I’ve been to several engineering conferences in the last couple months. That is a lot of engineering presentations to absorb in a short period. I can tolerate smaller doses, but that kind of volume makes me want to jab a pencil into each ear and eye.
Engineering types seem to be completely unaware of their lack of presentation skills. Either that, or we’ve come to the belief that a boring presentation is a “professional” presentation. I recently made a case for improving your presentation skills to earn higher pay. Now, let’s look at the altruistic flip side of this coin.
People say engineers aren’t naturally social creatures. Maybe so. That doesn’t mean we are all hanging out on the Asperger’s end of the spectrum, though. Most of us feel fear, joy, regret, jealousy, euphoria, and social pain. So, let’s agree that everyone in the conference room or auditorium deserves empathy and respect from you, the presenter. If there are 200 people in your audience for 1 hour, you are responsible for the next 200 man-hours of human experience in that room. Shouldn’t you take that obligation more seriously?
I got the idea for this article while sampling the talks at SAE World Congress. The rooms were packed, and I often found myself standing against a wall in the back. From that perspective, I noticed a sad, recurring process. Each presenter would take the podium, start Powerpoint, and turn 180 degrees to reveal their bald spot to the audience. Their entire show consisted of reading text-heavy slides, word for word.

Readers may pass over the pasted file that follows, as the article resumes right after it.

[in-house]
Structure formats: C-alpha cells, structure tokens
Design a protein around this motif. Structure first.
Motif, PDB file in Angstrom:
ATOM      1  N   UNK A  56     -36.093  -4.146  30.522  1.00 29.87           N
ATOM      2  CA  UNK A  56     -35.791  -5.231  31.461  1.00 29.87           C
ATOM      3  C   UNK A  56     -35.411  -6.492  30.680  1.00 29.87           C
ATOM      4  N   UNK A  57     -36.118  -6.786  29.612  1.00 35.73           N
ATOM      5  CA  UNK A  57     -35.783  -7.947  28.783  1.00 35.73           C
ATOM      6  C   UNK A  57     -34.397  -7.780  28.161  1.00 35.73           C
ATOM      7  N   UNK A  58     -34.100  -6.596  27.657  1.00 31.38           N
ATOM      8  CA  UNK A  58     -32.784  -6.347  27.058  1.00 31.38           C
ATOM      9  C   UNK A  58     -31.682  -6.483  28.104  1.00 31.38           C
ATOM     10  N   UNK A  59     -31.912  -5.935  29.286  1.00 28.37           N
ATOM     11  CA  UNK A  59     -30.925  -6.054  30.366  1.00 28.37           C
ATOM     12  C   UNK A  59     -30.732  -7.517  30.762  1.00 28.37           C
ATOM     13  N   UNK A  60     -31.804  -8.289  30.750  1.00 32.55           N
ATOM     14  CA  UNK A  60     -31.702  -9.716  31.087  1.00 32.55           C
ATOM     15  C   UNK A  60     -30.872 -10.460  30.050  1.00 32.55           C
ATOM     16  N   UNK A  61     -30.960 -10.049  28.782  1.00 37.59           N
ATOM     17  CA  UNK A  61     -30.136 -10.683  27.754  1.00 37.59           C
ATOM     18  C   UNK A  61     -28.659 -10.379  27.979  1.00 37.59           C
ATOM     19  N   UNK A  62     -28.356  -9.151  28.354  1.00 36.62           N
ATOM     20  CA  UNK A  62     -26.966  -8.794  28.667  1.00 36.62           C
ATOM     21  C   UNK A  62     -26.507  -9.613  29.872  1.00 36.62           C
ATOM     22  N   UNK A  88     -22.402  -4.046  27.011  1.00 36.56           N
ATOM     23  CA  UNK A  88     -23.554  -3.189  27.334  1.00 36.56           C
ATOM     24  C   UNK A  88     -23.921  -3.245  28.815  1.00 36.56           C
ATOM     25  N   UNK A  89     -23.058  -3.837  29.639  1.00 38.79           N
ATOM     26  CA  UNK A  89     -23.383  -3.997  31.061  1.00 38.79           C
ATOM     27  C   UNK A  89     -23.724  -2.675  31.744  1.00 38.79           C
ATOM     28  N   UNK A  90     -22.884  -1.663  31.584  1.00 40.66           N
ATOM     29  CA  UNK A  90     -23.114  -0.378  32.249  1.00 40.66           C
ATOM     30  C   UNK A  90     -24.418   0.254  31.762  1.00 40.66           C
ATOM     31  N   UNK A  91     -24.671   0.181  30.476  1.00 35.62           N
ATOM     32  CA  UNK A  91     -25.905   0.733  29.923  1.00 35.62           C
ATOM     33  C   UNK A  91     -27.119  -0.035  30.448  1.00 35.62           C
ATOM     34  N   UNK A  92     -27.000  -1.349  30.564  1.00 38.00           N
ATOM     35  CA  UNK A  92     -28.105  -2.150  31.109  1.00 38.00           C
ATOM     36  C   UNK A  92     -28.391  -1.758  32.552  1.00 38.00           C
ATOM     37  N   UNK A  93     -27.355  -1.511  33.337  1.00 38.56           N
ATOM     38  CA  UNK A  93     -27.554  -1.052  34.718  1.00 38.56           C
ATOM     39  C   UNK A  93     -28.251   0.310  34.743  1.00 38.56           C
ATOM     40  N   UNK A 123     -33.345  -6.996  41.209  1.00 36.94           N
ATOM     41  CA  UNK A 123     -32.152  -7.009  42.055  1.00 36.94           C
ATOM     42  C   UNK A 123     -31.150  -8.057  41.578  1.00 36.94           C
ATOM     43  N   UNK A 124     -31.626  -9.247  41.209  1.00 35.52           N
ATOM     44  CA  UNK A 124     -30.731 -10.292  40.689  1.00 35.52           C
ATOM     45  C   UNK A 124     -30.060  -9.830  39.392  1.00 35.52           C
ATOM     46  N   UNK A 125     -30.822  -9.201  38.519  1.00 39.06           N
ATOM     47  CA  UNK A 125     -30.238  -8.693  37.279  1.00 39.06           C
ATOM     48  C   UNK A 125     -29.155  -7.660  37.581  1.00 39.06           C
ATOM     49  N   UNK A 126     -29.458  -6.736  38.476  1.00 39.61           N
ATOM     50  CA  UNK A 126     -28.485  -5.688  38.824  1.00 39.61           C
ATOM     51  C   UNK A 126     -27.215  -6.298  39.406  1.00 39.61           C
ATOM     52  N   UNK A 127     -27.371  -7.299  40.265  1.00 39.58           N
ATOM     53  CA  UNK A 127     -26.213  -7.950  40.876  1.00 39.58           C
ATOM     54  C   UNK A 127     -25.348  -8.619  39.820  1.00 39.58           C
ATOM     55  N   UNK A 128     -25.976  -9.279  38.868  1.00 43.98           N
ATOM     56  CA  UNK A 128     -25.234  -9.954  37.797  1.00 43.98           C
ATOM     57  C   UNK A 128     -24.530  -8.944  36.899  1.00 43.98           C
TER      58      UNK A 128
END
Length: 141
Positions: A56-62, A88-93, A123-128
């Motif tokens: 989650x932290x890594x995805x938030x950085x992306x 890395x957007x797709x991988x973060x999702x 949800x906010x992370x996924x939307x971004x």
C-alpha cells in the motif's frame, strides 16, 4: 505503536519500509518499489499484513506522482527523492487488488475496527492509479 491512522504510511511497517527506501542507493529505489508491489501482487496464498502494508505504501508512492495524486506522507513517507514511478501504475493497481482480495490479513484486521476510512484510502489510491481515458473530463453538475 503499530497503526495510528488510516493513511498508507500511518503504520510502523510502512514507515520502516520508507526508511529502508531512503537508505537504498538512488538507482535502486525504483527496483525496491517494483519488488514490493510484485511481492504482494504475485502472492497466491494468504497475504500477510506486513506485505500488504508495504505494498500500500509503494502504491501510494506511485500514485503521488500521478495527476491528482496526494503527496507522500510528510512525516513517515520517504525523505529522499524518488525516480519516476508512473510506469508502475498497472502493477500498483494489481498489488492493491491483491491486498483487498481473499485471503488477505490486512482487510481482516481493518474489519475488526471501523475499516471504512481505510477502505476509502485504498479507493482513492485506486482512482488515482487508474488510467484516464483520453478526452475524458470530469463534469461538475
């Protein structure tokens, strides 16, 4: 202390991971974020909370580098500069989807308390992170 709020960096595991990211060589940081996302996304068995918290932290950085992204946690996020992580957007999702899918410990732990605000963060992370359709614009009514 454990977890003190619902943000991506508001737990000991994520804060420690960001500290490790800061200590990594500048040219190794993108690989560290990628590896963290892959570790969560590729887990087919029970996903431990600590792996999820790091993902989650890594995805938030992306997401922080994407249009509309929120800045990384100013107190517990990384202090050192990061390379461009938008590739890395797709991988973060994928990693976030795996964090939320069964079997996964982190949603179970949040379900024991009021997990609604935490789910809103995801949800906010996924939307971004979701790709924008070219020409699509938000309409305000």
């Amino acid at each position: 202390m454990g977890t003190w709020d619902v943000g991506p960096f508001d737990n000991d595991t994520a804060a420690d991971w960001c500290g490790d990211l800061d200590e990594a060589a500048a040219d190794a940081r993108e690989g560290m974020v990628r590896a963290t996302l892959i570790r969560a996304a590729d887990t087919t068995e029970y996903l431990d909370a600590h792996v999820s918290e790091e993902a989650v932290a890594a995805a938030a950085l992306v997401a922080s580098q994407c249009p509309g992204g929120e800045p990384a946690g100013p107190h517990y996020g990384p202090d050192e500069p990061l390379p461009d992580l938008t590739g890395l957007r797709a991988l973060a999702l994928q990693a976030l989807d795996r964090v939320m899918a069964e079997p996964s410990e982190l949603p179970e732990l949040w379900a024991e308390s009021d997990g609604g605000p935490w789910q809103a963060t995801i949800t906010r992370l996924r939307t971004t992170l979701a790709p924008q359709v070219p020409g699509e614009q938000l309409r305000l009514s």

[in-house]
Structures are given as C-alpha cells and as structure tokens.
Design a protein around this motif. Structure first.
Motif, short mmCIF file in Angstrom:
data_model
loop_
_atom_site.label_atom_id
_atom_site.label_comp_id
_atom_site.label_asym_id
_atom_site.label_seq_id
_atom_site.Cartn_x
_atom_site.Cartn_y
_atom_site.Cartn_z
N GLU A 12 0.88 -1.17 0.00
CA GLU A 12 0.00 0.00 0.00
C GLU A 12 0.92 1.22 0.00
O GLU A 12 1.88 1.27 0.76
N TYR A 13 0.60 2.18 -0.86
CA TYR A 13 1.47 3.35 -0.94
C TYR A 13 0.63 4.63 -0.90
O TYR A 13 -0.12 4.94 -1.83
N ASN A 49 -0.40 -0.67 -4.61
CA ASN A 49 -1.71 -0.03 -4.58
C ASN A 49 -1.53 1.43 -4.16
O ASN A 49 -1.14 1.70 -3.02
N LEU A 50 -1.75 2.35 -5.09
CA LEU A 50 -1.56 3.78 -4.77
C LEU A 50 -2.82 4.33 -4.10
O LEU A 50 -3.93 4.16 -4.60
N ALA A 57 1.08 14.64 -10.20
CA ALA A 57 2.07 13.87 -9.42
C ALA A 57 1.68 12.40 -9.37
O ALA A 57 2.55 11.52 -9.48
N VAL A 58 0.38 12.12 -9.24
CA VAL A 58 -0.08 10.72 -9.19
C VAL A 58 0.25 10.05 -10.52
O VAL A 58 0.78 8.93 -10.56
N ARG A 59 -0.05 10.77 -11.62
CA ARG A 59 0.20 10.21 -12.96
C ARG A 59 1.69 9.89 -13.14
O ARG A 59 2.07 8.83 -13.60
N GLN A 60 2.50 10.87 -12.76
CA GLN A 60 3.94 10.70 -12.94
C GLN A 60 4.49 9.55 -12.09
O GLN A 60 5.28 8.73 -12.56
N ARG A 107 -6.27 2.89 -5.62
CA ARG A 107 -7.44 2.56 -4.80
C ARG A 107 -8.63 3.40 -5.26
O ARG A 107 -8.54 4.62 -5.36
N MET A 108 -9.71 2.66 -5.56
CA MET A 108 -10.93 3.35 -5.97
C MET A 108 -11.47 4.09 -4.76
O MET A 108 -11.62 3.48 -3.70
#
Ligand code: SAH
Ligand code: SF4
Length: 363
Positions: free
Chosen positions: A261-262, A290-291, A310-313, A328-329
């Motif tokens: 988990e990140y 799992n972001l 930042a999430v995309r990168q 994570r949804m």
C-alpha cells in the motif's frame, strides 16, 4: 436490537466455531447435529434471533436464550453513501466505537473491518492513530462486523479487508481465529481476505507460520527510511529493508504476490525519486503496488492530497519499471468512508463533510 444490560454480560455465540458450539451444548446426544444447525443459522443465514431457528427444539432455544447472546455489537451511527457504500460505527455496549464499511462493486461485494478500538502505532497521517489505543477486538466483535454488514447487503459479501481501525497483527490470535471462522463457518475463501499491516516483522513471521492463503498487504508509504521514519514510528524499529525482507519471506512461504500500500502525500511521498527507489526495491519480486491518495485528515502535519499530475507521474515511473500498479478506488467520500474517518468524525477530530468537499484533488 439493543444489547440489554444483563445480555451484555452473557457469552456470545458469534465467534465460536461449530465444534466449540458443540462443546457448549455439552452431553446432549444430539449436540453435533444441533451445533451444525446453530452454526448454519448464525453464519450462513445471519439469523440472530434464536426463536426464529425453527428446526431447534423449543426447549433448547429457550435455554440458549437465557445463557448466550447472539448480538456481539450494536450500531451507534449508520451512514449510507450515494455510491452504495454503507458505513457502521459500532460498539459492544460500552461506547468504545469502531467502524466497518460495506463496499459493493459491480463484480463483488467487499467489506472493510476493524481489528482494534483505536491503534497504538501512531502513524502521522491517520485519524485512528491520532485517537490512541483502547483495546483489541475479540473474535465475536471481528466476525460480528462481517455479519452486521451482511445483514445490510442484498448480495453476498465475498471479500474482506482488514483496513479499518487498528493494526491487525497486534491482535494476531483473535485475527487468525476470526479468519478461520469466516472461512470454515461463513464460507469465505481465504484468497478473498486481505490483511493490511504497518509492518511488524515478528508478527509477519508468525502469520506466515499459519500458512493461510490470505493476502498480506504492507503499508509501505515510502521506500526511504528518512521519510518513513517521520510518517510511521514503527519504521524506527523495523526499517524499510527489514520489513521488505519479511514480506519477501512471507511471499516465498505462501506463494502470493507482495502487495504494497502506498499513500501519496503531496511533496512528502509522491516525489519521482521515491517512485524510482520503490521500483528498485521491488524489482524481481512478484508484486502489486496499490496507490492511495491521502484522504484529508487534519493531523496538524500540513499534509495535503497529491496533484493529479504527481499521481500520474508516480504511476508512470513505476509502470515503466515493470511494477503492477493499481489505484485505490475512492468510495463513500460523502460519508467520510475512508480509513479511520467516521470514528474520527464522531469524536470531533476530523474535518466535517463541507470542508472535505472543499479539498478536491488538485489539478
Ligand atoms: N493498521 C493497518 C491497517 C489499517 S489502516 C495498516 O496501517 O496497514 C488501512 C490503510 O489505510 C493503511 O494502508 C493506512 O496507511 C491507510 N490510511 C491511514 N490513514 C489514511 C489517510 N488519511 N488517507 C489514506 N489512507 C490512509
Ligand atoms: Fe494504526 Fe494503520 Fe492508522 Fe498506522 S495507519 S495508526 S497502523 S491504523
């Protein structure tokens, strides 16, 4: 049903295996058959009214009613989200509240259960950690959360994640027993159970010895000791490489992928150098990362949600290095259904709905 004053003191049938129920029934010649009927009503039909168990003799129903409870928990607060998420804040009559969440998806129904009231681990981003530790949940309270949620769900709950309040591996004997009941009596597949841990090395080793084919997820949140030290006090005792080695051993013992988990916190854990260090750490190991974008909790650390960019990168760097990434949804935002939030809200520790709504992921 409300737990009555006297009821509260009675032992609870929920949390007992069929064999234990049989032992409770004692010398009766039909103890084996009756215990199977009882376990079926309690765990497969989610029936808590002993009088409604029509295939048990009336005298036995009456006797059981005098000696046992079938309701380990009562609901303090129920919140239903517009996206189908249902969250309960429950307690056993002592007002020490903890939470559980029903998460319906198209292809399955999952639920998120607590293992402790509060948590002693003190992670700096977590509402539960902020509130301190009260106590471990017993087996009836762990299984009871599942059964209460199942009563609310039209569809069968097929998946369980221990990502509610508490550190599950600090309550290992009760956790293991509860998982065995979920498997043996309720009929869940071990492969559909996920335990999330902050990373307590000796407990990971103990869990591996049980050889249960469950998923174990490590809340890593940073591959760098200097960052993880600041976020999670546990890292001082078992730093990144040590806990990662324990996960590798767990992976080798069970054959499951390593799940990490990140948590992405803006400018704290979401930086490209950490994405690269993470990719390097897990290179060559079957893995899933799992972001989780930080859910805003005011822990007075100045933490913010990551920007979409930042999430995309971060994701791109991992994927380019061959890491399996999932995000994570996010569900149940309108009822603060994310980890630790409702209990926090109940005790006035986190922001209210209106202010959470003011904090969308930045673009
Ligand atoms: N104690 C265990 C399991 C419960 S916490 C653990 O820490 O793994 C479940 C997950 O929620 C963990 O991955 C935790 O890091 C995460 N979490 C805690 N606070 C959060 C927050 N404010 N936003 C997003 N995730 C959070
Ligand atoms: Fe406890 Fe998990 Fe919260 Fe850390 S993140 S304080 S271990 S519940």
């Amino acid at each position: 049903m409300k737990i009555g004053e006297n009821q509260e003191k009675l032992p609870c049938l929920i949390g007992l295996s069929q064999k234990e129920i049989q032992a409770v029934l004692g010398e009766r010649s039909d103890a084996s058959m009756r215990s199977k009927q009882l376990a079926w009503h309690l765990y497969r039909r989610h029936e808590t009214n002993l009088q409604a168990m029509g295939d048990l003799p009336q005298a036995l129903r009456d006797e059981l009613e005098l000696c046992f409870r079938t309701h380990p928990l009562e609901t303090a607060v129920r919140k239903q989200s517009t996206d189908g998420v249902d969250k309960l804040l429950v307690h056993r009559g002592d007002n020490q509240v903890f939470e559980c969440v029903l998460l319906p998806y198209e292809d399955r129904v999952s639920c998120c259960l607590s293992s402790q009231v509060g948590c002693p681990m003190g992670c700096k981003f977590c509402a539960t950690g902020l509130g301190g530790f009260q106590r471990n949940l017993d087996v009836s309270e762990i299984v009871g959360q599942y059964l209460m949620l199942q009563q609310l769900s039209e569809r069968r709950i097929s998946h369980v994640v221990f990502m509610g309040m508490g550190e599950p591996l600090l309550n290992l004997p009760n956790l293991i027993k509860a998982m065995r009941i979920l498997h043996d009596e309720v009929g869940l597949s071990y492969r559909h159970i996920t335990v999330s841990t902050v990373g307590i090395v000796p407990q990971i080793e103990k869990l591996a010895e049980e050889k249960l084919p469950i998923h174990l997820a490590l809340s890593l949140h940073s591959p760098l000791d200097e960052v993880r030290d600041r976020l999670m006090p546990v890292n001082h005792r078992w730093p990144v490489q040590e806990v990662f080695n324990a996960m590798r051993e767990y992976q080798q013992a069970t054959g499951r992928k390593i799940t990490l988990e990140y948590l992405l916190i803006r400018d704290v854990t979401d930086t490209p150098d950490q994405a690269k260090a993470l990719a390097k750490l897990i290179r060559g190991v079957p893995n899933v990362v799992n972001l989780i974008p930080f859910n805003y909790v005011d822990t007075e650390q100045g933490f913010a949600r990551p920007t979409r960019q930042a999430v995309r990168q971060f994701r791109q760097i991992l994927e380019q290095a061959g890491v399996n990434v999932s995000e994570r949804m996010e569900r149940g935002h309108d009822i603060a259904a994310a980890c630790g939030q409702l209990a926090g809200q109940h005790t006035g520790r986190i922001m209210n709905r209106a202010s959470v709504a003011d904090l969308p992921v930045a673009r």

You may not yet agree (or even realize) that this style of presentation is rude, ineffective, a missed opportunity, and a costly waste of man-hours. But, if you would just turn back to the audience, you might see it my way. If I could just get you to quickly spin another 180 degrees, you’d see an ocean of bald spots. Every time the presenter turned to the screen, the entire audience bowed their heads in unison to peer at smartphones in their laps.
What’s going on here?
Are you that boring?
How can everyone in the room condone this idiotic dance?
The bad news? This is the norm, folks.
The good new? It doesn’t take much effort to stand out in the engineering world!
I saw a few presenters who understood the game. They had lots of interesting images, a few highly understandable data graphs, an engaging story, and persistent eye contact. These were the most valuable presentations if measured against the ratio of information to eyeballs. Even if the content was less valuable than the boring presentations, far more knowledge was transmitted.
If you aren’t going to do it for yourself, do it for your audience.